Broken Turtle Blog

Broken Turtle Blog

Wednesday, July 7, 2010

Wavin' World Cup Flags in Beirut and Palestinian Camps

Reprinted from OpEdNews
As I get older, I will be stronger,
They’ll call me freedom, just like a wavin’ flag.
K’Naan, “Wavin’ Flag”

Traveling this summer in Greece and Lebanon, I have been on a news fast and have thus missed the day-to-day dogfights that substitute for significant events on cable TV. I have, however, been able to view a few of the perennial battles as they play out concretely in ordinary lives: the resistance to austerity in Greece, the plight of Palestinians in Beirut, and, everywhere, football (soccer to us Yanks).

All over Beirut, as in Greece, the flags of Spain, France, Germany, Paraguay, Netherlands, and―especially―Brazil fly in proud fanaticism. A conversation in Arabic converts to a universal Language of Sport. A joke about a Brazilian player named with the universally recognized word Kaká is obvious in the laughter.

We broke our news fast and switched on the TV when my wife and I reached our rooms in Beirut. “Wavin’ Flag,” K’Naan’s world cup anthem-slash-Coca Cola product placement video clip was playing on Lebanon’s Al Jaras channel. Wait a minute: This is not the same clip we’d seen playing on flat screens in taverns from Athens to Mykonos. Here sharing the stage with the Somali-Canadian rapper and poet K’Naan was Lebanese hottie Nancy Ajram, singing in Arabic before a phalanx of Bollywood dancers. And wait a minute: Is that girl behind Nancy wearing a Palestinian keffiyeh, or just a checked scarf vaguely suggestive, a la Rachel Ray in the Dunkin Donuts ad dog fight? With a little research, I discover there is also an official Spanish version with David Bisbal, targeting the Latin American Market. All versions of K’Naan’s original lyrics have been slightly altered for Coca Cola.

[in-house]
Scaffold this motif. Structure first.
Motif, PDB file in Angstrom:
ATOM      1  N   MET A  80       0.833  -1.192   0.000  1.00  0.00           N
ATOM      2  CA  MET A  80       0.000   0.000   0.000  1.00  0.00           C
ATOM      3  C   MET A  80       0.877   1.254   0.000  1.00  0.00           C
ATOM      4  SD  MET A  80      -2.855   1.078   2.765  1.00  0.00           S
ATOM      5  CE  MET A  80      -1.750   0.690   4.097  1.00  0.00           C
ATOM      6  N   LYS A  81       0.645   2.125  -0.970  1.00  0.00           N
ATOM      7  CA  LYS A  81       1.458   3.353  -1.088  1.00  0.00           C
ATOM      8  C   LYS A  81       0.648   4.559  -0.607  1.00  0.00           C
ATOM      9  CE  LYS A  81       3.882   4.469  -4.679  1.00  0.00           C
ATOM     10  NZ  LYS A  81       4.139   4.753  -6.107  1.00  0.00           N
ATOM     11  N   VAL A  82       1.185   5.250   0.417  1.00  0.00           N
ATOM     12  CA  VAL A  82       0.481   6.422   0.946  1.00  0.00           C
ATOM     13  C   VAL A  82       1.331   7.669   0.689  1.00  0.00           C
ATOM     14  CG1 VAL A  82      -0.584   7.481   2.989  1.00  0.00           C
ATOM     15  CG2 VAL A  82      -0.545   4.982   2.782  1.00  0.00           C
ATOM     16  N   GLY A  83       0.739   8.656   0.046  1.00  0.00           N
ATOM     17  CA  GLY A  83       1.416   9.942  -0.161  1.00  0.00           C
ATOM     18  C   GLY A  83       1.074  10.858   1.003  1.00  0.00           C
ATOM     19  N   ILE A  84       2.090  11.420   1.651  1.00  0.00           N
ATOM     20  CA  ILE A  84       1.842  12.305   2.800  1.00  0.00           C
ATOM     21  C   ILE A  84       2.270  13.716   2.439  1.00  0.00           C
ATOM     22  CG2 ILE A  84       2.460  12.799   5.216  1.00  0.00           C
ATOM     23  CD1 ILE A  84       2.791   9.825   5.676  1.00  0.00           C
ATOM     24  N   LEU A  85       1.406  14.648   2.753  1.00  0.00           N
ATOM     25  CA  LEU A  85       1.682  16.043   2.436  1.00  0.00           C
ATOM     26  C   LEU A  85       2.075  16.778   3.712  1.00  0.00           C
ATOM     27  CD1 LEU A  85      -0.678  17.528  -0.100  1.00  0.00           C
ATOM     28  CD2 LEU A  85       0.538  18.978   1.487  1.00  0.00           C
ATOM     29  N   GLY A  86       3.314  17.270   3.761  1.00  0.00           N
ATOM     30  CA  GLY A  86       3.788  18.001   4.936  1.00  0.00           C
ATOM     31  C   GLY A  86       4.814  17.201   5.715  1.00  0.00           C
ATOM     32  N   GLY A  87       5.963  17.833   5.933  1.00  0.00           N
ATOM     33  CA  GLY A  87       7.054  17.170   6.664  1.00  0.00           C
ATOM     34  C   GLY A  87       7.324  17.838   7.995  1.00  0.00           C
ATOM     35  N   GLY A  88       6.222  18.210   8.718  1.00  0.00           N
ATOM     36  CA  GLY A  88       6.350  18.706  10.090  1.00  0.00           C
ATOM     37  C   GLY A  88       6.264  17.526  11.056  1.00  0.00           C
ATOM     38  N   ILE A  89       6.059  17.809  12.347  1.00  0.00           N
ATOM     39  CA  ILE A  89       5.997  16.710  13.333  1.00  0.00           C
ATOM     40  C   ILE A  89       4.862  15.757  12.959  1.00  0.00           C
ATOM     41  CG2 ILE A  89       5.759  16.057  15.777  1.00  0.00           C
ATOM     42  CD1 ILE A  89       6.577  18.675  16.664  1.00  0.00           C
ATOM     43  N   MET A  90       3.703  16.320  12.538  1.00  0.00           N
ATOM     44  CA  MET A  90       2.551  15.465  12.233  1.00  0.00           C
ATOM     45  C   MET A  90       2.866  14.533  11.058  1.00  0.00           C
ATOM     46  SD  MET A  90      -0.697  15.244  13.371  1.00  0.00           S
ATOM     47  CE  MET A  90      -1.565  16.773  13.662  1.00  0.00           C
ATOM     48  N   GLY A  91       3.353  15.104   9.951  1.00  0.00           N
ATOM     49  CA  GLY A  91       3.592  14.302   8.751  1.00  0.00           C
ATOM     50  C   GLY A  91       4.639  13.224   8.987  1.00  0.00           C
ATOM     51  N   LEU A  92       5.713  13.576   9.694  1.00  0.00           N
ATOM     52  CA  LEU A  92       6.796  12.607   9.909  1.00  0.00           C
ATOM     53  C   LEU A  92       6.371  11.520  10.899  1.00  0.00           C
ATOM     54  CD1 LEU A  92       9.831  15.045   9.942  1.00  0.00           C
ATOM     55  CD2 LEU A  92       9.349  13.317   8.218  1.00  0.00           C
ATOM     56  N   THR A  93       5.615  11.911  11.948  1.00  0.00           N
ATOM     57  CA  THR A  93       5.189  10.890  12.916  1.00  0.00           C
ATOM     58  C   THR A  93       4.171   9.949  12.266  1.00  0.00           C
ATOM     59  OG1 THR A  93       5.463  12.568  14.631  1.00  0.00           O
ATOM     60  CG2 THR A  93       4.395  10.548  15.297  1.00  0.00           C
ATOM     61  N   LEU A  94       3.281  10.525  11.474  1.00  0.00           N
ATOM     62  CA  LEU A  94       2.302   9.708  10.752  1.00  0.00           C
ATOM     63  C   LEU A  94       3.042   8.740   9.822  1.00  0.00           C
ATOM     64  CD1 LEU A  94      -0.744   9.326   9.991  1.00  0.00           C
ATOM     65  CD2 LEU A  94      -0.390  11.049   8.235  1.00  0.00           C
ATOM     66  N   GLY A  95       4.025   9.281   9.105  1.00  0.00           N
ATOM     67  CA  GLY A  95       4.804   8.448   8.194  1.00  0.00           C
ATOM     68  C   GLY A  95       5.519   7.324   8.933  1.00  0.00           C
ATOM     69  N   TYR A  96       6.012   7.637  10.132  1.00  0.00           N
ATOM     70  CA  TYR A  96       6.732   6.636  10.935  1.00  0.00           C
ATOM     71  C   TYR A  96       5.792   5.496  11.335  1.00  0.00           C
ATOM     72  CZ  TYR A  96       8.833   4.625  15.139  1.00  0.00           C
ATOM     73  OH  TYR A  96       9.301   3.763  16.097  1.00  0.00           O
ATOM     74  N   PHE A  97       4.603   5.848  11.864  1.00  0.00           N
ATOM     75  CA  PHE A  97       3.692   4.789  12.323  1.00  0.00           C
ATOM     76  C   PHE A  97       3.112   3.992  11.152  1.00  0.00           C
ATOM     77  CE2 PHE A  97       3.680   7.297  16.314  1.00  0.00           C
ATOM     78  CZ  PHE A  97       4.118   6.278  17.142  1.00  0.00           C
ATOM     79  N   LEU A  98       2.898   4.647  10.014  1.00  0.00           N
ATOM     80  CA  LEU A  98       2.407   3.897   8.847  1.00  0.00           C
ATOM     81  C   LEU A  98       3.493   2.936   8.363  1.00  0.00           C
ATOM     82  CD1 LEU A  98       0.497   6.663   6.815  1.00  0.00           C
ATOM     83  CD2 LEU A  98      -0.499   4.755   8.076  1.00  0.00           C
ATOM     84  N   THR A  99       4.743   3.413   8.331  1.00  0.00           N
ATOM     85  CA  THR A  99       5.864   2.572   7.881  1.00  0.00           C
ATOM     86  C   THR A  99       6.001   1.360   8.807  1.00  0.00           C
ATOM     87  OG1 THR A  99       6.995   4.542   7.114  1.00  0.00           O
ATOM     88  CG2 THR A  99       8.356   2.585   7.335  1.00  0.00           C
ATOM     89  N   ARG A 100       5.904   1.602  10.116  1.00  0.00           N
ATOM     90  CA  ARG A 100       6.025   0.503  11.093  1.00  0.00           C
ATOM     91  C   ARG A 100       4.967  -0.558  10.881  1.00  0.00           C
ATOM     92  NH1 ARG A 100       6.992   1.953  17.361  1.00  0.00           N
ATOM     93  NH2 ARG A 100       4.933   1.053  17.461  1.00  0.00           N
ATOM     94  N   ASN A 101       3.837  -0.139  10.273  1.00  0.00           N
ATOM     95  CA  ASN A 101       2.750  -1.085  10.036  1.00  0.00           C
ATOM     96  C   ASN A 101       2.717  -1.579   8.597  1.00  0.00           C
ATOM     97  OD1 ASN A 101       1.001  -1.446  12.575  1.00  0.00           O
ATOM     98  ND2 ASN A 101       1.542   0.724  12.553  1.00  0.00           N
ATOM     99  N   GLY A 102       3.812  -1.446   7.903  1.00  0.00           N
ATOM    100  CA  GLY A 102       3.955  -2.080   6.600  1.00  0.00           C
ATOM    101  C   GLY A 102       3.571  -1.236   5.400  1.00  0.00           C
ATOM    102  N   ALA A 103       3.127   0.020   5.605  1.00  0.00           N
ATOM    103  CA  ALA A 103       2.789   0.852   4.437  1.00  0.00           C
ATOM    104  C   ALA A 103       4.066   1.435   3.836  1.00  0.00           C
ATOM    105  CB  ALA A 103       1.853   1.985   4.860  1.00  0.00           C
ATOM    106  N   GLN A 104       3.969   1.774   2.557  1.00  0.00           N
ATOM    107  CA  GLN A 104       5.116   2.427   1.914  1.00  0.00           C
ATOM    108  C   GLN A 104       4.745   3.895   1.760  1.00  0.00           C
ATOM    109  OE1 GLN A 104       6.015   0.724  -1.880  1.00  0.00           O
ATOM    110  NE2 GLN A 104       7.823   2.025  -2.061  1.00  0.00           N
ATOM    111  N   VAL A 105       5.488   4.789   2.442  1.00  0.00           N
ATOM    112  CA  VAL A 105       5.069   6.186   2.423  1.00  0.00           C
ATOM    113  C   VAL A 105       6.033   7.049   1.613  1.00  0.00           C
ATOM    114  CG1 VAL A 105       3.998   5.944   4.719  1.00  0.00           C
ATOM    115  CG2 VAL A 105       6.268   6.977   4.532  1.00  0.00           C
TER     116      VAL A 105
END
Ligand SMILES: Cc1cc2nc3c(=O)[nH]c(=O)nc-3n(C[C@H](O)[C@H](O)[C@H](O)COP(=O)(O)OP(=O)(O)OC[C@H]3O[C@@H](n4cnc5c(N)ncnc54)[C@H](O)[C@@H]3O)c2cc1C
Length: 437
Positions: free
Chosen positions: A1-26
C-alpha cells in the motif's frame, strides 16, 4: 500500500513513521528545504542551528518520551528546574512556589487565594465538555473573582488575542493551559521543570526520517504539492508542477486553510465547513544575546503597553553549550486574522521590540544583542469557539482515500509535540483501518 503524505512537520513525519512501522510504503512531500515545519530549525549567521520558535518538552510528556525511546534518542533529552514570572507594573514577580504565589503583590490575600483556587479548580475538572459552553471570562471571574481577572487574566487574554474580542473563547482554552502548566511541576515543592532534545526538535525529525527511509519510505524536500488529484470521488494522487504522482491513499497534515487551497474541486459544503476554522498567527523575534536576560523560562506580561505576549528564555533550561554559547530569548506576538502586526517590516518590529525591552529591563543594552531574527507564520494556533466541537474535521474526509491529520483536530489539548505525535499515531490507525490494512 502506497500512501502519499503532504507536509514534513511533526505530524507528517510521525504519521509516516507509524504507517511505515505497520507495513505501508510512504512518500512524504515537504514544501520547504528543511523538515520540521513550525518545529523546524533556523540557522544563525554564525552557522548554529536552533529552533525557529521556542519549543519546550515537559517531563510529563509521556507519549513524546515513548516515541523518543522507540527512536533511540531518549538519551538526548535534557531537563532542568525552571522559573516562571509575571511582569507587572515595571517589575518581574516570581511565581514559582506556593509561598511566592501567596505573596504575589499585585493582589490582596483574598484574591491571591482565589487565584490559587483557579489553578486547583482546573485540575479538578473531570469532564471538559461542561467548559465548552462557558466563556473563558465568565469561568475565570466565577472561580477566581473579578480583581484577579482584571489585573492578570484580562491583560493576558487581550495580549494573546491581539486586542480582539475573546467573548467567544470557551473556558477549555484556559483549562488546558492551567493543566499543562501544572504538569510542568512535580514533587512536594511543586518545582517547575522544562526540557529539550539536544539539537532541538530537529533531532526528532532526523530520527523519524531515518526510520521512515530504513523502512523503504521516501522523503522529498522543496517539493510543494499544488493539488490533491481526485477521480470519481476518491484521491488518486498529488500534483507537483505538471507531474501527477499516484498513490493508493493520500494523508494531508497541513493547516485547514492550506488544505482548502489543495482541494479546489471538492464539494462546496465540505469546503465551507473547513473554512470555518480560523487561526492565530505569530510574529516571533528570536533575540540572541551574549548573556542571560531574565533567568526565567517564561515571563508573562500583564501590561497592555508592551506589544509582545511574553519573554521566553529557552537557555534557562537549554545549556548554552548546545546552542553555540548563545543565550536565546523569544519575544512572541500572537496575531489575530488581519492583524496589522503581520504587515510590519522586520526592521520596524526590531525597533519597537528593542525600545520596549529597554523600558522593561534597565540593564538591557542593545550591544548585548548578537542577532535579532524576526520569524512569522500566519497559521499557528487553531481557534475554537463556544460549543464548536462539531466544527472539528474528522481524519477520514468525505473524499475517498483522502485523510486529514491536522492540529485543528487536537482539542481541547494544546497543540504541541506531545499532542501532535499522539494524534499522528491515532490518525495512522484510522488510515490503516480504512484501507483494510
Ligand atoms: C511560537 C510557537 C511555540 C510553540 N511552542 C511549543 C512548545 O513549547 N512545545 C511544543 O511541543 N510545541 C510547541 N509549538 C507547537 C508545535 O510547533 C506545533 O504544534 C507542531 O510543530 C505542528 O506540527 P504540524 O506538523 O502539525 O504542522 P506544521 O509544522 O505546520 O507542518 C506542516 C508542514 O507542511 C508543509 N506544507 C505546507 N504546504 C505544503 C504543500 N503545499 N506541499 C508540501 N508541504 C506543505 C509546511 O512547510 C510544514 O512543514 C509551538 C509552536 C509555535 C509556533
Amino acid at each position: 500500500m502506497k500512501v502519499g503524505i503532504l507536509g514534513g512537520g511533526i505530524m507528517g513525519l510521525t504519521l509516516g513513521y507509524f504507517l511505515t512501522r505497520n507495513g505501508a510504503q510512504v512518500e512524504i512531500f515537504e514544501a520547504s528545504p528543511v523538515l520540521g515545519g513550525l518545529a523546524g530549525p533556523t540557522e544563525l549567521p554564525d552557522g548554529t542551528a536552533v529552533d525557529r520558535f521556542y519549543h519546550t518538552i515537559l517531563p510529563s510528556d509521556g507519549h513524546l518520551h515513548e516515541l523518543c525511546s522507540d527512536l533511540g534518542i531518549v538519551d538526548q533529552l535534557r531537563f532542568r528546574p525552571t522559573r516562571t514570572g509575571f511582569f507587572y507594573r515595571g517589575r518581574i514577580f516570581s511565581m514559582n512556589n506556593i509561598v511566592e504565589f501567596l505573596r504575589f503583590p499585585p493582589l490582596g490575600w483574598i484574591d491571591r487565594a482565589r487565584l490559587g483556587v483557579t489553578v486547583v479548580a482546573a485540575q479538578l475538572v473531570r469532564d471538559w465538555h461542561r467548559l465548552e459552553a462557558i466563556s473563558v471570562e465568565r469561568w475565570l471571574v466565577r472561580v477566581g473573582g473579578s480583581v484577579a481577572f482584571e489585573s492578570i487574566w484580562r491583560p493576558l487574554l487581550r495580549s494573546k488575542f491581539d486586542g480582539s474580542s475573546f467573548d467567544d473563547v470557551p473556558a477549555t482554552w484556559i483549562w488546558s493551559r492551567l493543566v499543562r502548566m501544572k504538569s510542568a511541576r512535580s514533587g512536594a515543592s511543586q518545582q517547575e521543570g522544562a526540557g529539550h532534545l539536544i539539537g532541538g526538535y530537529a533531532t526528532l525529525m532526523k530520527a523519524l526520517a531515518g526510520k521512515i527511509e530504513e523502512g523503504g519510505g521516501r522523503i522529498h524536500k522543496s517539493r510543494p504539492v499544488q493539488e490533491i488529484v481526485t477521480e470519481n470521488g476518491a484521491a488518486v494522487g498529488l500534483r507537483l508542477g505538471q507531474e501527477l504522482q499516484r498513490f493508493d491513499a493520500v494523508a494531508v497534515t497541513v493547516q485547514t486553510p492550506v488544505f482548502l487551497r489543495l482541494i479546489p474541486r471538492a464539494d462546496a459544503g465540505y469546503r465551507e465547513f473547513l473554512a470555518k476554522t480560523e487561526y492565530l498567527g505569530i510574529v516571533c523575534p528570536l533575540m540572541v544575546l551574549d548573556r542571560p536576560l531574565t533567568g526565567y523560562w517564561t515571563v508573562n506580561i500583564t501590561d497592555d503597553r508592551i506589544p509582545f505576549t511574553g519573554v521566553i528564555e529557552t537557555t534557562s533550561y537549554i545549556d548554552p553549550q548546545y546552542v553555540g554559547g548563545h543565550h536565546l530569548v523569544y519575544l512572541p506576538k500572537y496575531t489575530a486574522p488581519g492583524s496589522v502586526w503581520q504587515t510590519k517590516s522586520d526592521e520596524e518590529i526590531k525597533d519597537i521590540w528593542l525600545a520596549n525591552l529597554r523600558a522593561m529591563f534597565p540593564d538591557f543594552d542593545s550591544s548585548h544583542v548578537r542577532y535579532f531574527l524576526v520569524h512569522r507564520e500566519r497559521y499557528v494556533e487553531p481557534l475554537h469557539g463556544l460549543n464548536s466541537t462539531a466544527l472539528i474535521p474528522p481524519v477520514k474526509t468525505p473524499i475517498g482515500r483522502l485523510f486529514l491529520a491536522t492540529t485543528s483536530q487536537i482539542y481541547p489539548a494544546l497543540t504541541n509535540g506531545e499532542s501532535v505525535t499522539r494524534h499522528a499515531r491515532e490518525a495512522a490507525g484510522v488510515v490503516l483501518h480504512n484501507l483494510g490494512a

The music of Beirut’s streets, however, is construction. The Saudis tear down historical housing for the middle and working classes on the promontory of Ras Beirut to build pricey hotels and apartments (and mosques) for the Middle Eastern elite, while Iran rebuilds homes destroyed by Israeli bombing in 2006 in southern Beirut’s Dahieh District for the more proletarian Shi’ites.

I had hoped to see Dahieh to research a novel I am working on, but Lebanese friends of all stripes tell me that suspicion about Israeli spies by Hezbollah, which dominates the district, make going there unwise. Also, the trust between the Lebanese in general and Hezbollah as the anti-Israeli resistance has been damaged badly since the assassination of Rafik Hariri and the Cedar Revolution that drove out Hezbollah’s ally Syria in 2008.

Still, we did get to see our friends in the Bourj al Barajneh Palestinian Refugee camp, where, as in the rest of the world, we saw in the narrow cinderblock alleys the wavin’ flags of many nations, plus those of Fateh and Hamas. When we arrived at the gate, a tiny doorway in an immense wall―a jigsaw puzzle of concrete, posters, and old paint―a  truck was unloading Coca Cola.